Elegy Beginning with a Text from My Brother

Molly Spencer

                                                                    how was the snowAs if the snow were a province I'd visited,not a season come down upon me. As ifhe'd never stood on the ridge and watchedthe whole cloth of it blow inover the lake,blank and bridal.Any mark I'd made on the earth, it annulled:the dropped map, the poor footprints of children,the felts I pulled from their boots hoping they'd dryby morning. The snow was a fieldI woke in. Here are the driftsof my ribs for proof, here is my heartgone to windbreak. Brother, I am tiredof living bone-bound and uphill, of rolling through stopsto keep from getting stuck.The snow was irrevocable, songless.A relic. The ruinsof the wood.I made my way homeby ditch and by deadfall,all night laid awake in the stormlistening for the scrapeof the plow gone by, waitingfor the blade and my bodyto change the snow's tensefrom falling and fallingto fell.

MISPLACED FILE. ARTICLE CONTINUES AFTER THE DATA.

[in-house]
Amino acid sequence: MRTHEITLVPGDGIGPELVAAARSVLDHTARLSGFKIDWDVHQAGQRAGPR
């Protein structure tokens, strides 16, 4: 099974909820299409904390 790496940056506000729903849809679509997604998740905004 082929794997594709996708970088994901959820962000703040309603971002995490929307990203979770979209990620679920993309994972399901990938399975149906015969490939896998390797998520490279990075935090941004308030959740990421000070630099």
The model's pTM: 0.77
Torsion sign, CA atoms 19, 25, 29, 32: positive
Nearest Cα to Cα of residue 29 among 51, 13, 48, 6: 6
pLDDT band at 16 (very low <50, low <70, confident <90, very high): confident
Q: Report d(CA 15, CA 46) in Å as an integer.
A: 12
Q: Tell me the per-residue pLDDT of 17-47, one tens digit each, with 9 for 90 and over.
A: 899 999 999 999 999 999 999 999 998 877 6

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Molly Spencer has recently published poetry in FIELD, Gettysburg Review, New England Review, and Ploughshares,, and her debut collection, If the house, is forthcoming from University of Wisconsin Press in Fall 2019. Spencer’s critical writing has appeared in the Colorado Review, the Kenyon Review, Tupelo Quarterly, and elsewhere. She teaches at the University of Michigan’s Ford School of Public Policy and is poetry editor at The Rumpus.

Georgia Review Cover Fall 2018

Fall 2018

Atlanta, Georgia

University of Georgia

Gerald Maa

Managing Editor
C. J. Bartunek

Founded at the University of Georgia in 1947 and published there ever since, The Georgia Review has become one of America’s most highly regarded journals of arts and letters. Each quarterly issue offers a diverse, thoughtfully orchestrated gathering of short stories, general-interest essays, poems, reviews, and visual art.

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